Federal Court Refuses to Enforce Unfair Sales Act

J. Justin Wilson
J. Justin Wilson · October 17, 2007

Arlington, Va.—On Friday, a federal court refused to enforce Wisconsin’s minimum markup law on the grounds that it’s unconstitutional. The U.S. District Court for the Eastern District of Wisconsin found that Flying J, a company with gas stations in Black River Falls and Oak Creek, could not be punished for violating the state’s antiquated law that forbids the sale of inexpensive gasoline.

“The federal court made an excellent decision by protecting Flying J from an irrational and arbitrary attack,” said Robert McNamara, a staff attorney with the Institute for Justice (IJ), a national public interest law firm currently representing Wisconsin gas station entrepreneur Raj Bhandari in a suit challenging Wisconsin’s Unfair Sales Act as unconstitutional. “Friday’s ruling protects one business, while Raj’s case is about protecting everyone in the state. We look forward to pressing our case to make sure that all the citizens of Wisconsin are protected from their state’s absurd ban on cheap gas.”

In June, IJ filed suit in Dane County Circuit Court in Madison on behalf of Wisconsin gas station owner Raj Bhandari looking to restore common sense to gas pricing in the state. In 2006, Raj purchased and renovated a gas station on the verge of bankruptcy. He quickly turned the business around, in part by offering high quality service at competitive prices. He also began building ties with the community by offering discounted gas to senior citizens and supporters of a youth sports group. Raj soon learned that, incredibly, his popular discounts could subject him to fines of up to $2,500 per gallon.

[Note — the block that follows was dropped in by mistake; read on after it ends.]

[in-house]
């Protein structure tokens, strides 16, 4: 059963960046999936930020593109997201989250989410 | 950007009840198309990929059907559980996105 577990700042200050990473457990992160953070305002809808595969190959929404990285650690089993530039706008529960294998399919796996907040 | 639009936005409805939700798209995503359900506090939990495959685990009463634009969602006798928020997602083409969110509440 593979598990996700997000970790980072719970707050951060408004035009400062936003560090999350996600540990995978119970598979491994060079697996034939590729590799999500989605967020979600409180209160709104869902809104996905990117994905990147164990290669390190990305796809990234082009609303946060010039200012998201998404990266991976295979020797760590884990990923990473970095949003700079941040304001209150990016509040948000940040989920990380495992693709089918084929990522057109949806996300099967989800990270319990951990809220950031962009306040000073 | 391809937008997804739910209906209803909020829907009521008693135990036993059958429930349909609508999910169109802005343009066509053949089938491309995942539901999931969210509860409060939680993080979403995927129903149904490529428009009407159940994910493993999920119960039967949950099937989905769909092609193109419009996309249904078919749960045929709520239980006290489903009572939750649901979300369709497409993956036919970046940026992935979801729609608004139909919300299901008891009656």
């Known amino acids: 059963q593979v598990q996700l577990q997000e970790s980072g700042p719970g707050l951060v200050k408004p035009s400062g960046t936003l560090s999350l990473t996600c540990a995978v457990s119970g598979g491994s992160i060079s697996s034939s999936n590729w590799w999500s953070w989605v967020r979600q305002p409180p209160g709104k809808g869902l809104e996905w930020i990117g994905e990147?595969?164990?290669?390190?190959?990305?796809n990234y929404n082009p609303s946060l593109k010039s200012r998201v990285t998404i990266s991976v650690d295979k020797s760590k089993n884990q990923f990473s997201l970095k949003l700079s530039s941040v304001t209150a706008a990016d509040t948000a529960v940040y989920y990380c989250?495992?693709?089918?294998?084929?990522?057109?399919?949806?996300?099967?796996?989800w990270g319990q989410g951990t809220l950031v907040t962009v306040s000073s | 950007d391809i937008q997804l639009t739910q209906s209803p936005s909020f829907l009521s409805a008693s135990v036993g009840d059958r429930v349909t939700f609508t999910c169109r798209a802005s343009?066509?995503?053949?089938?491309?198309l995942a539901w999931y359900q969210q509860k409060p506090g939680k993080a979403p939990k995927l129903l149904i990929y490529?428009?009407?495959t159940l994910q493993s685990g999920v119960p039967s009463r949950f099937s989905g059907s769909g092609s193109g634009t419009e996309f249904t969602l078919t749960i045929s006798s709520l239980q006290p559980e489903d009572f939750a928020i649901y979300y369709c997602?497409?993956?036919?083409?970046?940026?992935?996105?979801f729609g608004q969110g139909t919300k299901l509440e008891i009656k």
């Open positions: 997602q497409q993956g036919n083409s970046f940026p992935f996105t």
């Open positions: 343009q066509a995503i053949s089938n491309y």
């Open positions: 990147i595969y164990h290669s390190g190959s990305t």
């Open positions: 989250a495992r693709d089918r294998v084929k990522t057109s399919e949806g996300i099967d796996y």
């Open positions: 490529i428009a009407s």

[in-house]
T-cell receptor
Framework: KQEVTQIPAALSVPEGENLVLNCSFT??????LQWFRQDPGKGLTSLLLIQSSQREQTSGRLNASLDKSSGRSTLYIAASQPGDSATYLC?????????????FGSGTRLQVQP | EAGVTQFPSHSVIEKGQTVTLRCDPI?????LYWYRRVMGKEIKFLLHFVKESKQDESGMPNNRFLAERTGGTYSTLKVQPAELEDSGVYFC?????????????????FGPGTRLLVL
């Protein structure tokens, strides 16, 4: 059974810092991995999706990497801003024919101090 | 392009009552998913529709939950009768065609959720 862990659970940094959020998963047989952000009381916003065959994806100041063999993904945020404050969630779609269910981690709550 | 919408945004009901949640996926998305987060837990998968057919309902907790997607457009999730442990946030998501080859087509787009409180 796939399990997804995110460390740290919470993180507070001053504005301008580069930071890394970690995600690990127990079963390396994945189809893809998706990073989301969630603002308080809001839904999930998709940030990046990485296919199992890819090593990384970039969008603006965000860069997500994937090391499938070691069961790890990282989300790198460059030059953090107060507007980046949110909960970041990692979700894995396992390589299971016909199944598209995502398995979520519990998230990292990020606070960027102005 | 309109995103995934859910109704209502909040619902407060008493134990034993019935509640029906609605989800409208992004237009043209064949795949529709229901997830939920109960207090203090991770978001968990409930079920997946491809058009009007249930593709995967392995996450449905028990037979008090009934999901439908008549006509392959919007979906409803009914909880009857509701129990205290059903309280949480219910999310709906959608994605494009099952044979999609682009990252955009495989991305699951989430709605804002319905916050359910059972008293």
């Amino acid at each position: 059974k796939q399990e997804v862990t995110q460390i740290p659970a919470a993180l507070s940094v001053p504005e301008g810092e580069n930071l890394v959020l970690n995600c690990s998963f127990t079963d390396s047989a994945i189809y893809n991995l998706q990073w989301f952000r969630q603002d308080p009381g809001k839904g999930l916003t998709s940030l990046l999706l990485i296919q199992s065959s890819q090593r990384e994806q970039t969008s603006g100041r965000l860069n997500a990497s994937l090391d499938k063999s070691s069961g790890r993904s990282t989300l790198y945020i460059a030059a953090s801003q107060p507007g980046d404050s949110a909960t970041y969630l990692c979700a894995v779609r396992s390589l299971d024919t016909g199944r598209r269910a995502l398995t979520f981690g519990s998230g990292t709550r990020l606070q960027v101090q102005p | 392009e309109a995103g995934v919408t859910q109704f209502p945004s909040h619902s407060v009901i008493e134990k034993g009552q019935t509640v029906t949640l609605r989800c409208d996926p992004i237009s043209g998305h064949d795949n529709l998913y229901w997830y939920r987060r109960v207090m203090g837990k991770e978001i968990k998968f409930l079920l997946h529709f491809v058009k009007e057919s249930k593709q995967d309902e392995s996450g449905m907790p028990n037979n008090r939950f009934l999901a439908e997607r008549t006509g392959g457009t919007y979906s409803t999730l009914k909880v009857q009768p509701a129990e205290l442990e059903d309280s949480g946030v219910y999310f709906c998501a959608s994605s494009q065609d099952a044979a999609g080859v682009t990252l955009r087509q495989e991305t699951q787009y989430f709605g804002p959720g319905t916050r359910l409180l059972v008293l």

Friday’s ruling does not prevent Wisconsin from enforcing its minimum markup law against other entrepreneurs because the state was not a party to the federal case. Raj’s suit seeks a court order permanently securing the rights of entrepreneurs and consumers statewide.

The Wisconsin Unfair Sales Act, a 1930s relic, makes it illegal to sell gasoline without marking it up either 6 percent over cost or 9.18 percent over the local wholesale price—whichever is higher. Three different state supreme courts have struck down similar minimum markup laws without any negative effects on consumers or small businesses.

IJ President and General Counsel Chip Mellor concluded, “Small businesses are the heart of the American economy and the American Dream. Yet across the nation, the power of government is being abused to deny entrepreneurs their right to earn an honest living. The Institute for Justice will not rest until this fundamental right—the right to economic liberty—is secure for all Americans.”